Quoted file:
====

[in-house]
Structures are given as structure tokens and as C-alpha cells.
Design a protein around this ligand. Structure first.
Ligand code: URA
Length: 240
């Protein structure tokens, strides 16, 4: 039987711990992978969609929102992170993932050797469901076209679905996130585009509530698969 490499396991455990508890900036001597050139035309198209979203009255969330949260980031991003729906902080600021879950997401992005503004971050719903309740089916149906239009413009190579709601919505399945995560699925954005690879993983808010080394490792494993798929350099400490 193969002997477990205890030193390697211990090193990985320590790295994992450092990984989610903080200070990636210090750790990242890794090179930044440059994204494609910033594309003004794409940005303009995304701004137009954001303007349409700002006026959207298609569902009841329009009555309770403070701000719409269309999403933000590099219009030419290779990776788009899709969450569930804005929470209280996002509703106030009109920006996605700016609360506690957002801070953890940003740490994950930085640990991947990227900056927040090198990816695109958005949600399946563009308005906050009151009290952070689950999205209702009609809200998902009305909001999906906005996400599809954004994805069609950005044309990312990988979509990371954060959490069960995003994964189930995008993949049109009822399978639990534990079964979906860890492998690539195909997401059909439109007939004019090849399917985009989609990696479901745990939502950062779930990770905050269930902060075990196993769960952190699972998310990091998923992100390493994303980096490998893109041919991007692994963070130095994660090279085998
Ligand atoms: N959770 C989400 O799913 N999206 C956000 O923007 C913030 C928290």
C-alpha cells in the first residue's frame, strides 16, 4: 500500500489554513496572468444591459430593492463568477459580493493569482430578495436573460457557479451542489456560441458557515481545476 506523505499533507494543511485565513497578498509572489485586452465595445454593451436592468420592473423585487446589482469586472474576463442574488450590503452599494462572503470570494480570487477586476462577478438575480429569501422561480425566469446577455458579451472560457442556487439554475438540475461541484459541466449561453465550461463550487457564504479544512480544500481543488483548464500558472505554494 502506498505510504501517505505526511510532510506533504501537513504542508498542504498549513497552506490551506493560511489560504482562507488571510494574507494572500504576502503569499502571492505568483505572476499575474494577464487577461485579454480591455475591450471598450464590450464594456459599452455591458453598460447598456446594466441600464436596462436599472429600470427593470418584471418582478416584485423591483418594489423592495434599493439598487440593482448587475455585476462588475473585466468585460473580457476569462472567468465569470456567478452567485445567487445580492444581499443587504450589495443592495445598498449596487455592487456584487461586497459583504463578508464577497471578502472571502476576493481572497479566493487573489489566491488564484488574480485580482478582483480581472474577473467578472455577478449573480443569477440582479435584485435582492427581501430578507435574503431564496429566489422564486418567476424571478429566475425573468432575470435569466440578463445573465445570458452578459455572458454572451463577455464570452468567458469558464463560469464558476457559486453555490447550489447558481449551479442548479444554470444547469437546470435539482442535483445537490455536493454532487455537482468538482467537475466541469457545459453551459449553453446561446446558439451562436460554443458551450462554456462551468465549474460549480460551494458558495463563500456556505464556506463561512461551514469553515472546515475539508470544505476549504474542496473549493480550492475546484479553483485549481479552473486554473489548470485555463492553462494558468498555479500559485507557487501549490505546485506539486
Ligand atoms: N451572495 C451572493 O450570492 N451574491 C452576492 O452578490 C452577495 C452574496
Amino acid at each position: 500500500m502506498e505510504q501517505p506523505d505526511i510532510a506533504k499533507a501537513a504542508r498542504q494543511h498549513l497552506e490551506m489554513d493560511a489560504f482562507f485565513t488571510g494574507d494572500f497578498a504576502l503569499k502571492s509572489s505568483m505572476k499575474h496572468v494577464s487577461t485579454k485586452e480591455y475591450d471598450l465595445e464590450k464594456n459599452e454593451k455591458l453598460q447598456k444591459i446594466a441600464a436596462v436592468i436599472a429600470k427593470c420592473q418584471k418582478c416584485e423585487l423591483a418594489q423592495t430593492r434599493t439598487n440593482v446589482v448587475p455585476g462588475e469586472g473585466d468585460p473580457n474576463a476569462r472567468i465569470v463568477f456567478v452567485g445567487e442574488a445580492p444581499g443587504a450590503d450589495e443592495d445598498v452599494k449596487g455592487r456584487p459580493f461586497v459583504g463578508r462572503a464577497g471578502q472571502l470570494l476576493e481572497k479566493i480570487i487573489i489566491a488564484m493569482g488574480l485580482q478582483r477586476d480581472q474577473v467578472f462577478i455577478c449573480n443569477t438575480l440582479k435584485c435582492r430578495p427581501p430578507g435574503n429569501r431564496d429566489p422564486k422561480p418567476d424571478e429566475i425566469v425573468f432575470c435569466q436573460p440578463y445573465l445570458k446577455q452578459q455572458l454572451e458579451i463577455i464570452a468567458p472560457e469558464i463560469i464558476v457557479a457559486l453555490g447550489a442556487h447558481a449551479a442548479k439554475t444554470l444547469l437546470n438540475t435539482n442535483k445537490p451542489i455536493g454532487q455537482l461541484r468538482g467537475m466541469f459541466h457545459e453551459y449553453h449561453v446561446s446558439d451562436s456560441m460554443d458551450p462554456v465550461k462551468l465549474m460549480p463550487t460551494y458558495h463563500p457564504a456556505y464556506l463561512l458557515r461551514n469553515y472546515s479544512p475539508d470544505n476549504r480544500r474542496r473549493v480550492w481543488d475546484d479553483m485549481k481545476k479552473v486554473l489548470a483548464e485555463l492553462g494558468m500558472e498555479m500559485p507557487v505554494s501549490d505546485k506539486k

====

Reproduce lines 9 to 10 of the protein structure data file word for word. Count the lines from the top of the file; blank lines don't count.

Ligand atoms: N451572495 C451572493 O450570492 N451574491 C452576492 O452578490 C452577495 C452574496
Amino acid at each position: 500500500m502506498e505510504q501517505p506523505d505526511i510532510a506533504k499533507a501537513a504542508r498542504q494543511h498549513l497552506e490551506m489554513d493560511a489560504f482562507f485565513t488571510g494574507d494572500f497578498a504576502l503569499k502571492s509572489s505568483m505572476k499575474h496572468v494577464s487577461t485579454k485586452e480591455y475591450d471598450l465595445e464590450k464594456n459599452e454593451k455591458l453598460q447598456k444591459i446594466a441600464a436596462v436592468i436599472a429600470k427593470c420592473q418584471k418582478c416584485e423585487l423591483a418594489q423592495t430593492r434599493t439598487n440593482v446589482v448587475p455585476g462588475e469586472g473585466d468585460p473580457n474576463a476569462r472567468i465569470v463568477f456567478v452567485g445567487e442574488a445580492p444581499g443587504a450590503d450589495e443592495d445598498v452599494k449596487g455592487r456584487p459580493f461586497v459583504g463578508r462572503a464577497g471578502q472571502l470570494l476576493e481572497k479566493i480570487i487573489i489566491a488564484m493569482g488574480l485580482q478582483r477586476d480581472q474577473v467578472f462577478i455577478c449573480n443569477t438575480l440582479k435584485c435582492r430578495p427581501p430578507g435574503n429569501r431564496d429566489p422564486k422561480p418567476d424571478e429566475i425566469v425573468f432575470c435569466q436573460p440578463y445573465l445570458k446577455q452578459q455572458l454572451e458579451i463577455i464570452a468567458p472560457e469558464i463560469i464558476v457557479a457559486l453555490g447550489a442556487h447558481a449551479a442548479k439554475t444554470l444547469l437546470n438540475t435539482n442535483k445537490p451542489i455536493g454532487q455537482l461541484r468538482g467537475m466541469f459541466h457545459e453551459y449553453h449561453v446561446s446558439d451562436s456560441m460554443d458551450p462554456v465550461k462551468l465549474m460549480p463550487t460551494y458558495h463563500p457564504a456556505y464556506l463561512l458557515r461551514n469553515y472546515s479544512p475539508d470544505n476549504r480544500r474542496r473549493v480550492w481543488d475546484d479553483m485549481k481545476k479552473v486554473l489548470a483548464e485555463l492553462g494558468m500558472e498555479m500559485p507557487v505554494s501549490d505546485k506539486k